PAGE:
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A History Of The Church In Seven Books by Socrates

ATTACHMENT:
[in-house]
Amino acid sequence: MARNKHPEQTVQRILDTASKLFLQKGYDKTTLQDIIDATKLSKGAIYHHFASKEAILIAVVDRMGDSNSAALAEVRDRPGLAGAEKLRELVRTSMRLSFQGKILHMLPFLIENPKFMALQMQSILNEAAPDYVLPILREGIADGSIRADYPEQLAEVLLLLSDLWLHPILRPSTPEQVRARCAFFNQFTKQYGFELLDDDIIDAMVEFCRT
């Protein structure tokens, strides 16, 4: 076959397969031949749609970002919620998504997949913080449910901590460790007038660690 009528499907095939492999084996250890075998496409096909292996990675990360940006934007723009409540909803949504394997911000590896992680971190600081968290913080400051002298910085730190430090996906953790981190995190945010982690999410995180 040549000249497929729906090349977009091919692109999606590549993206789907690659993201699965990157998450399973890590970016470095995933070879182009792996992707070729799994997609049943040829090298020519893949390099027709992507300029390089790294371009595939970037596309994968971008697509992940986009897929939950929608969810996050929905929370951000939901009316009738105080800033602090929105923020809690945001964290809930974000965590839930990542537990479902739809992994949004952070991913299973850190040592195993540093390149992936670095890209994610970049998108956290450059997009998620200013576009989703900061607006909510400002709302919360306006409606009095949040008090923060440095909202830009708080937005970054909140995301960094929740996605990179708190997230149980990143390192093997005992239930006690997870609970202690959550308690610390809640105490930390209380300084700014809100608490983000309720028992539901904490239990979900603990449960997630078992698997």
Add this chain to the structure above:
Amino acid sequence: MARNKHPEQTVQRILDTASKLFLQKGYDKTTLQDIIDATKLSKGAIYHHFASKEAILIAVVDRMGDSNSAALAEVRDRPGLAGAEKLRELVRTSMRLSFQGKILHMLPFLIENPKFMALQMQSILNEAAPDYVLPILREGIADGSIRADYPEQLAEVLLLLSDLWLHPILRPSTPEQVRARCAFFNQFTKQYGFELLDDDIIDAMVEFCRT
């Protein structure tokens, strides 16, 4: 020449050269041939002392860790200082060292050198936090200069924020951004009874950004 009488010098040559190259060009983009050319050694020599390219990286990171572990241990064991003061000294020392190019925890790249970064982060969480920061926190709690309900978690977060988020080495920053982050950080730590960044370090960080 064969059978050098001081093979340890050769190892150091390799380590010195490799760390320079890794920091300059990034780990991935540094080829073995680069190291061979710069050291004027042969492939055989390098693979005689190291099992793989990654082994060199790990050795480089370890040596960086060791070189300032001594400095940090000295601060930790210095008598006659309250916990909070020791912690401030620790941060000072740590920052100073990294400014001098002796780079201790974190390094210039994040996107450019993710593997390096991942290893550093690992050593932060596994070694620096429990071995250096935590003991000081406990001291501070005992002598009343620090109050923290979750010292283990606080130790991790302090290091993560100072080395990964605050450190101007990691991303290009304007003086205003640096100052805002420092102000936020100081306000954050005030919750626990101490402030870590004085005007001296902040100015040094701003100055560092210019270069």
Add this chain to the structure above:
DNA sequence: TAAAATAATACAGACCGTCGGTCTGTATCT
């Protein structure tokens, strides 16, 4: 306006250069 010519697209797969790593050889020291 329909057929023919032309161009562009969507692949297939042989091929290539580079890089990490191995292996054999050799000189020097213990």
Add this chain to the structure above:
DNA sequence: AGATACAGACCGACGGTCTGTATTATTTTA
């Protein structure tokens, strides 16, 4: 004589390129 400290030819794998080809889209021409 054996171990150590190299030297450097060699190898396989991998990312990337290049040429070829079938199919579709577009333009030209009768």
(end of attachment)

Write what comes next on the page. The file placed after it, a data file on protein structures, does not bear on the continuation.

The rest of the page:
THERE was a woman at Alexandria named Hypatia, daughter of the philosopher Theon, who made such attainments in literature and science, as to far surpass all the philosophers of her own time. Having succeeded to the school of Plato and Photinus, she explained the principles of philosophy to her auditors, many of whom came from a distance to receive her instructions. Such was her self-possession and ease of manner, arising from the refinement and cultivation of her mind, that she not unfrequently appeared in public in presence of the magistrates, without ever losing in an assembly of men that dignified modesty of deportment for which she was conspicuous, and which gained for her universal respect and admiration. Yet even she fell a victim to the political jealousy which at that time prevailed. For as she had frequent interviews with Orestes, it was calumniously reported among the Christian populace, that it was by her influence he was prevented from being reconciled to Cyril. Some of them therefore, hurried away by a fierce and bigoted zeal, whose ringleader was a reader named Peter, entered into a conspiracy against her; and observing her returning home in her carriage, they dragged her from it, and carried her to the church called Cæsareum, where they completely stripped her, and then murdered her with shells. After tearing her body in pieces, they took her mangled limbs to a place called Cinaron, and there burnt them. An act so inhuman could not fail to bring the greatest opprobrium, not only upon Cyril, but also upon the whole Alexandrian church. And surely nothing can be farther from the spirit of Christianity than the allowance of massacres, fights, and transactions of that sort. This happened in the month of March during Lent, in the fourth year of Cyril’s episcopate, under the tenth consulate of Honorius, and the sixth of Theodosius.








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